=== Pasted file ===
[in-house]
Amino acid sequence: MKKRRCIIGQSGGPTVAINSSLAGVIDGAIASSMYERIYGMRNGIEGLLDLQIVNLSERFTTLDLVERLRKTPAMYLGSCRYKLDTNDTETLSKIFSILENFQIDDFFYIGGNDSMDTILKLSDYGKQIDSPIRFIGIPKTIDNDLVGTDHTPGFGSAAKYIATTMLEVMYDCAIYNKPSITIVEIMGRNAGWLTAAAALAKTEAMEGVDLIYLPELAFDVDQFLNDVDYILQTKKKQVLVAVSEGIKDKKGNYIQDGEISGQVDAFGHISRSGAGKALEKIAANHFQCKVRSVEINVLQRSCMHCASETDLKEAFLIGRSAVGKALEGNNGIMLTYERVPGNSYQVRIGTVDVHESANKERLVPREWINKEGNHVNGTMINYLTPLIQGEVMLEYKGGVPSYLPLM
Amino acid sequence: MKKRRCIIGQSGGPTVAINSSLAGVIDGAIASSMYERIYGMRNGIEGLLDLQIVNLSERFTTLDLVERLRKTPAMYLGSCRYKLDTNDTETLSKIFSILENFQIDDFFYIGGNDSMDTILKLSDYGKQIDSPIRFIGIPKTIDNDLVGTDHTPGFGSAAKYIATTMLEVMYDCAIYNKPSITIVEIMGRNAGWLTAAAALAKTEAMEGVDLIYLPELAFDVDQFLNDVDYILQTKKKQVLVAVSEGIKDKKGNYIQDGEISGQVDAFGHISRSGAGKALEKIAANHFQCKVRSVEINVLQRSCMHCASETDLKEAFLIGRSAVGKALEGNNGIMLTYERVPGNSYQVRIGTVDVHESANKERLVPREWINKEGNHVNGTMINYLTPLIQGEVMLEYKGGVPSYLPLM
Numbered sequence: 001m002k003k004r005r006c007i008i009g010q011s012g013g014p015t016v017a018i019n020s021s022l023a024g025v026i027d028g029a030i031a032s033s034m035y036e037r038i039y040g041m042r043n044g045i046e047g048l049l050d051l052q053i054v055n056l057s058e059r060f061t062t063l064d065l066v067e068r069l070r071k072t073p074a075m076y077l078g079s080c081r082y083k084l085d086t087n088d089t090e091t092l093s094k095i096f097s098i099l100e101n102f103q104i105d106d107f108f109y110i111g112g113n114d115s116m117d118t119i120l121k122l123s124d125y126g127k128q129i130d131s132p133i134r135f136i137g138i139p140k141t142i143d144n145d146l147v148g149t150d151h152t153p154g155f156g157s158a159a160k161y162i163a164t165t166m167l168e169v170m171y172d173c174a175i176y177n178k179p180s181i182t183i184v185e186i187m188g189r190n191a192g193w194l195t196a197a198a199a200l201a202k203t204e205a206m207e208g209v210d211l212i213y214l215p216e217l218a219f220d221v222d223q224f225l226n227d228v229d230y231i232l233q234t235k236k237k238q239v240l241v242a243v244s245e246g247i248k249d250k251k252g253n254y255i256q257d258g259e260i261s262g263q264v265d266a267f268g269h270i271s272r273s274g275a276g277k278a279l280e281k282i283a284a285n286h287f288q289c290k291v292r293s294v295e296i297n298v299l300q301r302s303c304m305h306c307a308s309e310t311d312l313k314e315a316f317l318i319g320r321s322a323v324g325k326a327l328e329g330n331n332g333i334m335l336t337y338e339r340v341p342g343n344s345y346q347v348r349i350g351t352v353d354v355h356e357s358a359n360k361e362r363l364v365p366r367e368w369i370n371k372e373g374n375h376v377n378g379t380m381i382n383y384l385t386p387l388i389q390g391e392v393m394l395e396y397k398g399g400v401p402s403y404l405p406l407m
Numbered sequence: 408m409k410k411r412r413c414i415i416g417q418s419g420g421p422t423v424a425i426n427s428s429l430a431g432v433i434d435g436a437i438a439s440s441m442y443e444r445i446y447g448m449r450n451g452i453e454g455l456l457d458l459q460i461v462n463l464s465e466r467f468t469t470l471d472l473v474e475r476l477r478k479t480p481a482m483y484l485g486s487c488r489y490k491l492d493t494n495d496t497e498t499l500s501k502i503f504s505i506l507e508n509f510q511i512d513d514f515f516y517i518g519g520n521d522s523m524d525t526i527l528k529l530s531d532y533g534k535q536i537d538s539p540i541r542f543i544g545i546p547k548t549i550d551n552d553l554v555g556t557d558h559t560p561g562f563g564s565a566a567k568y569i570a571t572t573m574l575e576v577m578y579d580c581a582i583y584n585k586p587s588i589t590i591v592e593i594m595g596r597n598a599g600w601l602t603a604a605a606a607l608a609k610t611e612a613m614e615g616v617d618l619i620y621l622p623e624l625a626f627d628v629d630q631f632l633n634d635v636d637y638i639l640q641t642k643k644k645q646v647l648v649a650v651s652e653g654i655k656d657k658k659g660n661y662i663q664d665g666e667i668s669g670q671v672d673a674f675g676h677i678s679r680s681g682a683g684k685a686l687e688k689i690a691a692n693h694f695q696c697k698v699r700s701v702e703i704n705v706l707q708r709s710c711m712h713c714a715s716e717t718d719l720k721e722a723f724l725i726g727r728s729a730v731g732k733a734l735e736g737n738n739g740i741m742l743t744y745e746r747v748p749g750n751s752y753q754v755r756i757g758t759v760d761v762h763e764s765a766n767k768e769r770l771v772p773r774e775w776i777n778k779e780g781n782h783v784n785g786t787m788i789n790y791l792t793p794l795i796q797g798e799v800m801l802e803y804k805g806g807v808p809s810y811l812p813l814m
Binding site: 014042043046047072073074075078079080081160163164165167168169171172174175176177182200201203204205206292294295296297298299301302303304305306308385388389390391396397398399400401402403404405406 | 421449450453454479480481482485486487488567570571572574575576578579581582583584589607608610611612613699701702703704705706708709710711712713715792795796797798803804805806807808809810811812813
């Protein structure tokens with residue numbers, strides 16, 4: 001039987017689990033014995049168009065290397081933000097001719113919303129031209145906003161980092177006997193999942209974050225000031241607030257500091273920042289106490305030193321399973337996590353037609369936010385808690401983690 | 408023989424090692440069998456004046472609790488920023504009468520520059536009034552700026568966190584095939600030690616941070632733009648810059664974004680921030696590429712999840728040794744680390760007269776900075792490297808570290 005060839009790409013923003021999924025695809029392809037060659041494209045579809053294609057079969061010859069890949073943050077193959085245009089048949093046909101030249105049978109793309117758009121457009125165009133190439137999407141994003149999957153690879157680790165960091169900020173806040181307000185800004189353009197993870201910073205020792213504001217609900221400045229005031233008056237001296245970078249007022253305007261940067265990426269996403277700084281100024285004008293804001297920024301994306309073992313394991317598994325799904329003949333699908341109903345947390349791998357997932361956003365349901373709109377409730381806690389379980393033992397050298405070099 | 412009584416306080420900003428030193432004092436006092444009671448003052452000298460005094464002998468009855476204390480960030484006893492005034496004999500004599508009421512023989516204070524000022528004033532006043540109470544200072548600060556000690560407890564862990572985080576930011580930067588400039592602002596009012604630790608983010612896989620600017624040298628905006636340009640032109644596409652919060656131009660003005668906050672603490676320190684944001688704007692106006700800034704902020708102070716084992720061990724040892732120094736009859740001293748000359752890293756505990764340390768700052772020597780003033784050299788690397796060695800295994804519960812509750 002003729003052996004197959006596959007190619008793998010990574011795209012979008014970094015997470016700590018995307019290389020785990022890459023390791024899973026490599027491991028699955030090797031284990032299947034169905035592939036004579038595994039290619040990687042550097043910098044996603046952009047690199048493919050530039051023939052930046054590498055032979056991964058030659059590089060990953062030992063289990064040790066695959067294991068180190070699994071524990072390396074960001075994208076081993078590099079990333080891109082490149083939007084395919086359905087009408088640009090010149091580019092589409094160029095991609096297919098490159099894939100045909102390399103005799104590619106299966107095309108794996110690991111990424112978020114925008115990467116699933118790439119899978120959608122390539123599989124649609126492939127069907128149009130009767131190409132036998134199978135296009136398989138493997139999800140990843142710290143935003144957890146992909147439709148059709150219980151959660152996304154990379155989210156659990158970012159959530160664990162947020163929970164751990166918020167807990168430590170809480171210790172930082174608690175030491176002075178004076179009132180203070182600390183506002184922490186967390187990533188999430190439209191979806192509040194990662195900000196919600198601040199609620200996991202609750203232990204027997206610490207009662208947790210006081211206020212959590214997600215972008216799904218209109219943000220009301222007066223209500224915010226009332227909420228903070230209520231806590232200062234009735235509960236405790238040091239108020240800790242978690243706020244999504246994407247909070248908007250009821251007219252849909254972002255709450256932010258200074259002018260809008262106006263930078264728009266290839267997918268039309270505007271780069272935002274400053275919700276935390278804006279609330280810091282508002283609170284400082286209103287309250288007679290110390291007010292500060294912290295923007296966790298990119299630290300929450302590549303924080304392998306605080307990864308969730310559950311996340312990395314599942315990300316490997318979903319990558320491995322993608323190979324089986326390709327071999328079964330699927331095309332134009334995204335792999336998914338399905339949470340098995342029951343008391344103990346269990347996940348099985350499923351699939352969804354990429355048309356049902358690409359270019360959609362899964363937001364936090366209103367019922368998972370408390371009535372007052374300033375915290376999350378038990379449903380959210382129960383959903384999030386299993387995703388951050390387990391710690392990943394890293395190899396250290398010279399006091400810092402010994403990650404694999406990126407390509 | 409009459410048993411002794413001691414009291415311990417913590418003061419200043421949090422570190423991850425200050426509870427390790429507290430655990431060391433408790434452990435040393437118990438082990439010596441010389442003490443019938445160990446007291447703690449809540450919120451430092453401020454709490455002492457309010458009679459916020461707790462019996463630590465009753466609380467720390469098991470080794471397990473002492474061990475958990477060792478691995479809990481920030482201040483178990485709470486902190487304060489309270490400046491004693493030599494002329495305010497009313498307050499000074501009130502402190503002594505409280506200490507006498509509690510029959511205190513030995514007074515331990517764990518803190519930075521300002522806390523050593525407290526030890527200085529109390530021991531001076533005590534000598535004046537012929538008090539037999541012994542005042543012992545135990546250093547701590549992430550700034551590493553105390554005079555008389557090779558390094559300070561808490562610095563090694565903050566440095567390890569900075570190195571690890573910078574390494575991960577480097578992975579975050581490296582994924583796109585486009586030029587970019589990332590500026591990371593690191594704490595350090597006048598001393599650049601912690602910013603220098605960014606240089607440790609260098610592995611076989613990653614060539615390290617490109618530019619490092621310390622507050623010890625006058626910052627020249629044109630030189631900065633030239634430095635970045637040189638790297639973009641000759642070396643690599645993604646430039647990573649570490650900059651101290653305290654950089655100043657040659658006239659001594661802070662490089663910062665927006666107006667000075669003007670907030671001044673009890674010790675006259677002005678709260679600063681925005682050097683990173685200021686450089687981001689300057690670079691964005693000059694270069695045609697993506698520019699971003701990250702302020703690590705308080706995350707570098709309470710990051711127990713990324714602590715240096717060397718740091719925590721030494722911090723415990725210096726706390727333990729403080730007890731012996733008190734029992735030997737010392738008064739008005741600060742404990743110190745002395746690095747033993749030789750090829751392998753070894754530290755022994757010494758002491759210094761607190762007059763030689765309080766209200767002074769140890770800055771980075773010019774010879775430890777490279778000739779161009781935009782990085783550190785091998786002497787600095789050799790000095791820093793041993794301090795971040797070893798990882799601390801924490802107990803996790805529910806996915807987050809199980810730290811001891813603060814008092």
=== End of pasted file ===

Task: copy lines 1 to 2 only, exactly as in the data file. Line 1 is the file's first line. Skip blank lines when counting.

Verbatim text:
[in-house]
Amino acid sequence: MKKRRCIIGQSGGPTVAINSSLAGVIDGAIASSMYERIYGMRNGIEGLLDLQIVNLSERFTTLDLVERLRKTPAMYLGSCRYKLDTNDTETLSKIFSILENFQIDDFFYIGGNDSMDTILKLSDYGKQIDSPIRFIGIPKTIDNDLVGTDHTPGFGSAAKYIATTMLEVMYDCAIYNKPSITIVEIMGRNAGWLTAAAALAKTEAMEGVDLIYLPELAFDVDQFLNDVDYILQTKKKQVLVAVSEGIKDKKGNYIQDGEISGQVDAFGHISRSGAGKALEKIAANHFQCKVRSVEINVLQRSCMHCASETDLKEAFLIGRSAVGKALEGNNGIMLTYERVPGNSYQVRIGTVDVHESANKERLVPREWINKEGNHVNGTMINYLTPLIQGEVMLEYKGGVPSYLPLM